As one of the newest members of the PCRF team I thought I would share a bit about my first few months with the organization. I’ll be honest, I was hesitant to take this position when I was first offered it. I just wondered how I would be able to come to work each day and see these beautiful kids’ faces and know how much cancer has completely changed them and their entire family?
How am I going to work with these parents who have lost their kids or are currently watching their little one fight for their life? The feeling of helplessness that I could only imagine these families were going through. I just kept thinking to myself “I will get too attached, and then won’t be able to take the heartbreak.” This was all too relatable to me, and I wasn’t sure that I had the strength to wake up and face this every day.
I was offered the Director of Corporate Alliances position when I was 8 months pregnant with my second child. That in itself I believe says a lot about the organization. I knew that I was going to be supported and appreciated because they were giving me the opportunity to begin the position whenever I felt ready to start. When my start date arrived, my baby was off to daycare, and my 3-year-old son was off to preschool. Whenever I would see a baby or preschooler fighting cancer, I couldn’t help but think of my own kids, my own little family. Was this self-centered? Probably yes, but it was my honest truth.
Every time I saw another pic of a baby who was diagnosed, I thought, what if my baby is next, what if my preschooler starts to show signs of cancer? The kind of worries that are fueled by social media and how much information was available at my fingertips. Being new in my position, I followed everything I could about pediatric cancer to try to educate myself on the disease and the community that supports those going through it. Then I quickly realized that I was tearing up on a very regular basis, so I thought, I need to quickly unfollow all of these pediatric cancer-related accounts.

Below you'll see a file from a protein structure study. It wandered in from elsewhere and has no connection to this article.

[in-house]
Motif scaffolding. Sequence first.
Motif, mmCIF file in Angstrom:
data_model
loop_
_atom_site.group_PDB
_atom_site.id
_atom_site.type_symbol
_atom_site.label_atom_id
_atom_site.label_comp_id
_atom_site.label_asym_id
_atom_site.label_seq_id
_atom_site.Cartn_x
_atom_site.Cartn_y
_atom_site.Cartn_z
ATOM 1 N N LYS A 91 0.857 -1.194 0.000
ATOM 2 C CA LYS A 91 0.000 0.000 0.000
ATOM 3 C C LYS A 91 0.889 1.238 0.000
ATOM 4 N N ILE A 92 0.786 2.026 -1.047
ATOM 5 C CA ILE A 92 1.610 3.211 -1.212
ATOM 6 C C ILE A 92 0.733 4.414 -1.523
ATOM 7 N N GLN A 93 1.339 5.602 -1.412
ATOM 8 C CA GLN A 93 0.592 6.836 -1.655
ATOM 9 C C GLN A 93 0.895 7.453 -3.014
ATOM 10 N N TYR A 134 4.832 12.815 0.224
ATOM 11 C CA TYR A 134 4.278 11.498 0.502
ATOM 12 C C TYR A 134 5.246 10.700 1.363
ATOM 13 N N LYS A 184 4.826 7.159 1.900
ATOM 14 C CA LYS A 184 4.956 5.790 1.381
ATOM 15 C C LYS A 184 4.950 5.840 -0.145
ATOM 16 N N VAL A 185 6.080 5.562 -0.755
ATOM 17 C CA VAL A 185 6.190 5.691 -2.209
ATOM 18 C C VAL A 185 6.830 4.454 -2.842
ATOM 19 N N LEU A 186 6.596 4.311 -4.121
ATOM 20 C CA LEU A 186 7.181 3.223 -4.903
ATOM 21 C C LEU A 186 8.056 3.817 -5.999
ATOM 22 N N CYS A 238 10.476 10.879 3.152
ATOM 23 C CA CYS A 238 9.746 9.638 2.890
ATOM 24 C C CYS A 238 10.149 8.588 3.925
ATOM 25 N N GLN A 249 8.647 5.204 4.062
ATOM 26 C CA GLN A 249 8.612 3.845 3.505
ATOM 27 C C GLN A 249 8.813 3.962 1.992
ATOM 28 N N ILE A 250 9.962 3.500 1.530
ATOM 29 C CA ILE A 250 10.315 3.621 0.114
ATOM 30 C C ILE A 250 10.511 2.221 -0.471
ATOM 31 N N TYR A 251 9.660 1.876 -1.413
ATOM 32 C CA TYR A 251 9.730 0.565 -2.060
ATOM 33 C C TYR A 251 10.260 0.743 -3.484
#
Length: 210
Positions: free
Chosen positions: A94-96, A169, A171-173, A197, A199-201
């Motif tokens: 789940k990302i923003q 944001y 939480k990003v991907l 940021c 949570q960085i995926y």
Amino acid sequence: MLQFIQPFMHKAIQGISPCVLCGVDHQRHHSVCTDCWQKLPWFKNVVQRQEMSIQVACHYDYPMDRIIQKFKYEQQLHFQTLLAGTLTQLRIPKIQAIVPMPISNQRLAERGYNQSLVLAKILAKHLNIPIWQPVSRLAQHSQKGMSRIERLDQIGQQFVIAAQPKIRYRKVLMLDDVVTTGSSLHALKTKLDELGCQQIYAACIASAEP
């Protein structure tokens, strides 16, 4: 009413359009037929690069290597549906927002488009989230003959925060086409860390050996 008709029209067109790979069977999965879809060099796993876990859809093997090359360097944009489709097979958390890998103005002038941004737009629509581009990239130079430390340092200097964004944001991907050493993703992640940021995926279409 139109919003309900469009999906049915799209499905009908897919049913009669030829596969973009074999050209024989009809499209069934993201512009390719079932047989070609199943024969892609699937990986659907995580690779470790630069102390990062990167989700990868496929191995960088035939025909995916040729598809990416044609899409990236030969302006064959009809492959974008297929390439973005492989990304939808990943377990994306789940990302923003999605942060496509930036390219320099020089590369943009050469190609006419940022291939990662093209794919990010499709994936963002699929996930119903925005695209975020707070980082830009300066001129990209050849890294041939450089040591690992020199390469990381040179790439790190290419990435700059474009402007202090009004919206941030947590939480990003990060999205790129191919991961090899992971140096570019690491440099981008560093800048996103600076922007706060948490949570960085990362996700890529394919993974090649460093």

I decided to ask my coworker who had been with PCRF for 10 years how she handled the challenge of seeing these pictures and reading these devastating stories so frequently. She is an amazing human, and so eloquently told me that yes, it is very emotional at times, but she said she has learned how to channel her emotions into drive and determination to do whatever she can to help these kids and their families who are fighting pediatric cancer each day. So, that is exactly what I decided to do. I chose NOT to unfollow all of the accounts. I chose to continue to read about these precious babies who were taken away too soon. I chose to buy the t-shirt to support Team Beans. I chose to connect with some of the parents I know who have kids actively fighting this fight.
Disconnection is not the answer when it comes to childhood cancer. The real answer is connection and awareness that spread through communities so that these children have a voice. So, these kids are not an afterthought for pharmaceutical companies and government funding. We must dive into the community and stand with the children and families that are going through some of the hardest days of their lives. I know that I will continue to fight for these kids and support them in any way that I can. I hope that you can join me on this journey and help me give these kids their childhood back.
Courage isn’t the absence of fear, courage is facing your fears and walking through them. So, let’s all walk through this together—if you are open to a conversation on how we can team up, please shoot me an email at firstname.lastname@example.org or connect with me on LinkedIn. I look forward to having you join us on this path to helping power cures and realize futures!